In order to learn a bit about silicone mold making and epoxy casting I consumed a solid number of product web pages and 'how to' videos. These were invaluable demonstrations of 'how to do it right', but I wanted to document my journey into this space, with special reference to the 'how not to do it' stuff I learned along the way...
In typical Chris Style, I decided to jump in a the deep end with a non-simple project. In this case I wanted to cast my interpretation of the Æsahættr (Subtle Knife) from the BBC's adaptation of the His Dark Materials book series by Philip Pullman. The prop used in the show has a twisted blade that I found æsthetically pleasing. I thought it would be a fun and non-trivial way to learn molding and casting. I won't dwell too much on how I got to the point of having a model to cast from (OnShape for the 3D design work; an SLA print service for the blade; a friend's better-than-mine FDM printer for the handle; laser-cut acrylic for the guard) - this page is about what happened next...
My model is quite a challenging shape in several ways: it's long and thin; the twist means there's always some kind of 'overhang', irrespective of orientation. It's relatively large as well, meaning large quantities of silicone unless I got clever about the mold housing.
I decided to use Smooth-On, Inc. products, as people that know an awful lot more about this than I do use them. They have an extensive range of both molding and casting products, and a comprehensive set of written and video product guides. I decided on Mold Star 30 silicone for the mold (a firm silicone that suited a 'long, thin' object, yet capable of handling a small amount of overhang). I decided on EpoxAcast 655 for the casting (for a high-density, rigid result).
Silicone Mold Making
I elected to build my mold housing out of a stack of laser-cut MDF plates, designed in such a way as to minimise the quantity of silicone required. The bulk of the stack is split lengthways to give a two-part mold, with a pair of plates on either side to make the stack 'liquid-tight'.
- The MDF stack led to a stable and rigid mold, that required minimal silicone (it still required most of the smallest Mold Star 30 kit, though).
- The outer plates, with bolts through the whole stack, provided a robust and reliable structure for liquid containment and half-mold alignment.
- I used Ease Release 200 on my model, and this worked perfectly.
- The Mold Star 30 is 'thin' enough to make post-mix degassing optional (in my limited experience). This was less true for the EpoxAcast 655.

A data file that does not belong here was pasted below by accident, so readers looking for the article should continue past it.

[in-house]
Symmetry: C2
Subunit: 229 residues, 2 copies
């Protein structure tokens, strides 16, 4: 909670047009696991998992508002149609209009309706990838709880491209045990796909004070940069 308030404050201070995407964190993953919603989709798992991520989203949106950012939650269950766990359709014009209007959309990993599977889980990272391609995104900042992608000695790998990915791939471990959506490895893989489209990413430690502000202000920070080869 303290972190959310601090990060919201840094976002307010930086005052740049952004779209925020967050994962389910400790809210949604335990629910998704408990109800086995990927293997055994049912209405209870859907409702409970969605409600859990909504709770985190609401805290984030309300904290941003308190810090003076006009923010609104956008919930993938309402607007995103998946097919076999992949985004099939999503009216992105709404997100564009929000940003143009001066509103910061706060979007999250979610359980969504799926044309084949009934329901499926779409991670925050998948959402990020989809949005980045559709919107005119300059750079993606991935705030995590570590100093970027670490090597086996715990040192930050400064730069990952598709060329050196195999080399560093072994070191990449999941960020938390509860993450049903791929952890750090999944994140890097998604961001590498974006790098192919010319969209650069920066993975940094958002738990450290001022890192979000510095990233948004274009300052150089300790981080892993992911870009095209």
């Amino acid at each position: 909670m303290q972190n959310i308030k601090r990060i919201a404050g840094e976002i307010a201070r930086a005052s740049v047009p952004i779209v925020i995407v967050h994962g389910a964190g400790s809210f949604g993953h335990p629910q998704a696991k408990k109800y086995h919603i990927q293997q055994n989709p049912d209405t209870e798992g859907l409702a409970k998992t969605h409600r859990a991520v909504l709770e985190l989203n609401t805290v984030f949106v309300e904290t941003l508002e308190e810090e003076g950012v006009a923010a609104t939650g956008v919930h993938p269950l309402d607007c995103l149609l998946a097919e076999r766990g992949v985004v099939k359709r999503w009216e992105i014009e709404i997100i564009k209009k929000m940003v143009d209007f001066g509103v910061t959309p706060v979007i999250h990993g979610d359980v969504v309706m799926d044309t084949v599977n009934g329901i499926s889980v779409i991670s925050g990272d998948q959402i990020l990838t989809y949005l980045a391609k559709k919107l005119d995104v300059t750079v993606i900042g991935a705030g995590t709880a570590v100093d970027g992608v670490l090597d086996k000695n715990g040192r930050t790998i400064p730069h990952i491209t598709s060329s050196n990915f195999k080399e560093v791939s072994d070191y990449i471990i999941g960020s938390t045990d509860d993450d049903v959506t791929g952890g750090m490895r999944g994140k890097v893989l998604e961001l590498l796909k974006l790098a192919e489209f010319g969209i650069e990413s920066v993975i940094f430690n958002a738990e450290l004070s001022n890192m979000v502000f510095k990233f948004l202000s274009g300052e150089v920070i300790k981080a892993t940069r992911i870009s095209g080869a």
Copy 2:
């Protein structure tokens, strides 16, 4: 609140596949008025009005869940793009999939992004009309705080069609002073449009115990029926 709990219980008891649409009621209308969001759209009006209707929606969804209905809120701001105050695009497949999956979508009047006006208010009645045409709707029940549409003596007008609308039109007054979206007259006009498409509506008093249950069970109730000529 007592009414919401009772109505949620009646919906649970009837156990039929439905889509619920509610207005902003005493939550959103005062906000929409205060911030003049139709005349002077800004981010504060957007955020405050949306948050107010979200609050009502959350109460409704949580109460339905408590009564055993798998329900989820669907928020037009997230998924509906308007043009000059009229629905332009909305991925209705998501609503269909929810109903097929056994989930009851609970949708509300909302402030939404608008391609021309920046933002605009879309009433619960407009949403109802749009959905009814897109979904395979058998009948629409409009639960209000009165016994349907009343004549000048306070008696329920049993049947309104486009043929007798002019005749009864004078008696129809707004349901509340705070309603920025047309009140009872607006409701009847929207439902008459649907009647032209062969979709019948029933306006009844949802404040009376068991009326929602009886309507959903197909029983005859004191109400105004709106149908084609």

- Sprue placement required a lot of thought, both for the (abnormally, fully-enclosed) mold itself, and for where in the mold the casting sprues needed to go - placement of the the latter, in particular, could have been better (more on that, below).
- I used hyper-accurate weighing scales to precisely measure a completely wrong proportion of the two-part silicone mix (far too much confidence in my ability to do ratio maths in my head, apparently). The resulting mix was missing roughly 20%(!) of the Part B. I didn't realise this until far, far too late. Amazingly, the resulting mold was still reasonably usable, but did have some defects: the result was quite 'greasy' (presumably the unreacted Part A slowly oozing out) - this makes the mold hard to keep clean (it picks up any/all cruft in the environment), and, presumably, the egress of the unreacted Part A will cause the mold to breakdown/change shape over time (it's still fine after a week-or-so of use, however). Smooth-On provide a comprehensive set of mix calculators, which means this mistake is utterly avoidable...
- The virgin EpoxAcast 655 resin required a mega amount of stirring before the first mix. You'll want a long-handled, steel spoon for this job - this stuff is way beyond the strength of a wooden or plastic spatula. It's also worth noting that even after a good, long mix, the resin is still viscous enough to recommend some kind of post-mix degassing (beyond my budget, unfortunately).
- I snapped the 'long, thin' section of my first cast object whilst trying to extract it from the mold. On subsequent casts I inserted a 'spine' of aluminium down the inside of my mold once about 75% of my epoxy was inside. The spine is completely invisible, and I experienced no further breakages. Two other suggestions in this space: wiggle the object to loosen it before trying to extract it (especially if it has overhangs); let it cure for at least 24-hours (I tried to de-mold my first cast 'next day', which probably undercooked the 24-hours by a non-trivial amount).
- As mentioned above, my sprue placement could have been better. With reference to the picture, right, the sprues were misplaced by only a few millimetres, which resulted in few-millimetre-sized voids in the cast. These sprues were also very difficult to clean out for subsequent casts. Good sprue placement is clearly a 'black magic' area...
- Pouring the resin/hardener mix in a thin stream, and from a height, 'tears' most of the bubbles from the mix - but if you see a 'lump' in your mix stream, that's actually a big bubble going in - avoid!
What About Using Regular Epoxy?
The bulk of my epoxy experience involves using West System epoxy and additives for surface-coating, fibreglassing, and gluing. I briefly wondered about trying to cast some of this epoxy. A quick bit of research suggested why this might not be a good idea: 'regular' epoxy has a relatively fast-and-hot cure, whereas mold casting epoxy has a relatively slow-and-cool cure - the former stands a good chance of cooking your mold (it also tends to form bubbles if it can't shed heat fast enough - say if it's in a mold).
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